Researchers in the United Kingdom have identified genetics, obesity and
degree of lumbar disc degeneration as assessed by MRI as the main risk factors
for severe or disabling low back pain in women.
According to investigators, the research could help physicians identify
different mechanisms involved in back pain and lead to more effective treatment
options. The findings, published in Annals of Rheumatic Diseases,
point toward genetics playing a key role in low back pain and the deterioration
of intervertebral discs. The investigators also found that low back pain and
disc degeneration do not always overlap and are caused by different genetic
We have genetic factors that affect the rate and extent of the
degeneration of our discs, lead author Gregory Livshits, PhD, stated in a
press release. In fact, the genetic factors are second only to age. On
the other side, we have different genetic factors that independently cause
lower back pain (LBP). These are mechanisms not involved in spine
The researchers performed a cross-sectional study of 2,256 women that
included 371 monozygotic and 698 dizygotic twin pairs, as well as 29 sibling
pairs and 60 individuals. Back pain data was collected through a self-reported
validated questionnaire, and measurements were taken of risk factors such as
MRI-assessed lumbar disc degeneration (LDD), body weight, smoking, occupation
and physical exercise.
The major factors associated with [low back pain] included genetic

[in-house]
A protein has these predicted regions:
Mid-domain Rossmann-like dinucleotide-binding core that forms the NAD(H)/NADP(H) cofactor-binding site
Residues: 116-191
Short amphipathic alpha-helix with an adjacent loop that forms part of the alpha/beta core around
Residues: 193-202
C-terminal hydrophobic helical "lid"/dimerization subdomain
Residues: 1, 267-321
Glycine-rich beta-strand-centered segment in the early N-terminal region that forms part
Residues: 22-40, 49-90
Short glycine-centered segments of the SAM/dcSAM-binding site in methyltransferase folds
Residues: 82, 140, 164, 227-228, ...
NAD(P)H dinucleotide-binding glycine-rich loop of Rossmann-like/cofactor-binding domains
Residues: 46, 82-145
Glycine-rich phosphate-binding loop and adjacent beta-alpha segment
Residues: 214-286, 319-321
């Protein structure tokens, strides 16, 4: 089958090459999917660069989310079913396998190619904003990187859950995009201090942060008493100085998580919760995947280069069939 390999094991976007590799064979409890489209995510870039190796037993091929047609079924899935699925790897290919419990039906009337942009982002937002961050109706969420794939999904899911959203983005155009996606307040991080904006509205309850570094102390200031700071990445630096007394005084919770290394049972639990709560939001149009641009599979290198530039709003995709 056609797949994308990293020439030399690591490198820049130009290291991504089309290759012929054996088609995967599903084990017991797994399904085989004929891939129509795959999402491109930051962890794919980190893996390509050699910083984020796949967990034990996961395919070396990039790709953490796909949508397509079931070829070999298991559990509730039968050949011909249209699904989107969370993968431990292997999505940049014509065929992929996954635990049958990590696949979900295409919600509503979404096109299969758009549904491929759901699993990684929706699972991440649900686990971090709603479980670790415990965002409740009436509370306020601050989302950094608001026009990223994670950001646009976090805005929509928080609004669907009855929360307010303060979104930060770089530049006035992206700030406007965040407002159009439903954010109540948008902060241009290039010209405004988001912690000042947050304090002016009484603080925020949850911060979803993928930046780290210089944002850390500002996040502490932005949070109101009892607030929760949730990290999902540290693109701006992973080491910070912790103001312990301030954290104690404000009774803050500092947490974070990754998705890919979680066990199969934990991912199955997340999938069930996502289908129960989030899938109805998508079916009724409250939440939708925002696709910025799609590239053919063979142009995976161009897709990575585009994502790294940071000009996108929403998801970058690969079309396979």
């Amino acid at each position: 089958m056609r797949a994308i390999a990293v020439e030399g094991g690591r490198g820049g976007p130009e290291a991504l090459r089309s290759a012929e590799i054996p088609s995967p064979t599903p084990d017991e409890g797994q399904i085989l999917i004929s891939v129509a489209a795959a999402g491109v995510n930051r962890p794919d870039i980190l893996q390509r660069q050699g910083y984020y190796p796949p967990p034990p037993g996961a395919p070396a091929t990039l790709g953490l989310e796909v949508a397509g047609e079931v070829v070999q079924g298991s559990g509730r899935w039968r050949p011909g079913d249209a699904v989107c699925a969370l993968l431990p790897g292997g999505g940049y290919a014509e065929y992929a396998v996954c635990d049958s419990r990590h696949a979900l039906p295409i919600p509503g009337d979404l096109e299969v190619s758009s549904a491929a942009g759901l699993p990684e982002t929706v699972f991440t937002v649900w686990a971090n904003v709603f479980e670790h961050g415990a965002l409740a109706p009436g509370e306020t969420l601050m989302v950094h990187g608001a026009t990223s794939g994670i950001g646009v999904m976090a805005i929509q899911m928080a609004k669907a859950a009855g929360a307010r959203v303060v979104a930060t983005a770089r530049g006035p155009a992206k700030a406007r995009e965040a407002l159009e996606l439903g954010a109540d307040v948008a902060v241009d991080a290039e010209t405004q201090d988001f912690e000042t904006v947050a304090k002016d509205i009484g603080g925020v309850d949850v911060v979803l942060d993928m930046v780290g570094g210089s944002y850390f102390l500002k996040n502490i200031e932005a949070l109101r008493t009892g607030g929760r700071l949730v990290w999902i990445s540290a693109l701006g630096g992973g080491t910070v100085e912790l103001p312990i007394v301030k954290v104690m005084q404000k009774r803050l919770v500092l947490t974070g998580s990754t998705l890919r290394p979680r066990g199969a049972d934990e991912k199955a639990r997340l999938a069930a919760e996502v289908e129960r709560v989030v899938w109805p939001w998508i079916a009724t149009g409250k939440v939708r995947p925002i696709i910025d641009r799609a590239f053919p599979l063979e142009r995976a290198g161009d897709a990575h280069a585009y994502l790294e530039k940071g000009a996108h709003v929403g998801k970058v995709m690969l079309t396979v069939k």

background, with [an odds ratio] of approximately six if the monozygotic
co-twin had LBP, or 2.2 if she was a dizygotic co-twin, the authors
Significant genetic correlation
The authors also found LDD and obesity were also significantly
associated with non-specific LBP, with the overall amount of LDD serving as the
most important risk factor. LBP manifestation was 3.2 times more likely in
those individuals who demonstrated advanced LDD.
Furthemore, they noted, there was a significant genetic
correlation between LBP and LDD measurements in the study implying
LDD and LBP share around 11% to 13% of genetic effects.
Livshits noted in the release that more research on the genetic causes
of back pain is required, and a broader genome search of affected and
non-affected individuals should be a part of such studies.
- Livshits G, Popham M, Malkin I, et al. Lumbar disc degeneration and
genetic factors are the main risk factors for low back pain in women: the UK
Twin Spine Study. Ann Rheum Dis. 2011. doi:10.1136/ard.2010.137836
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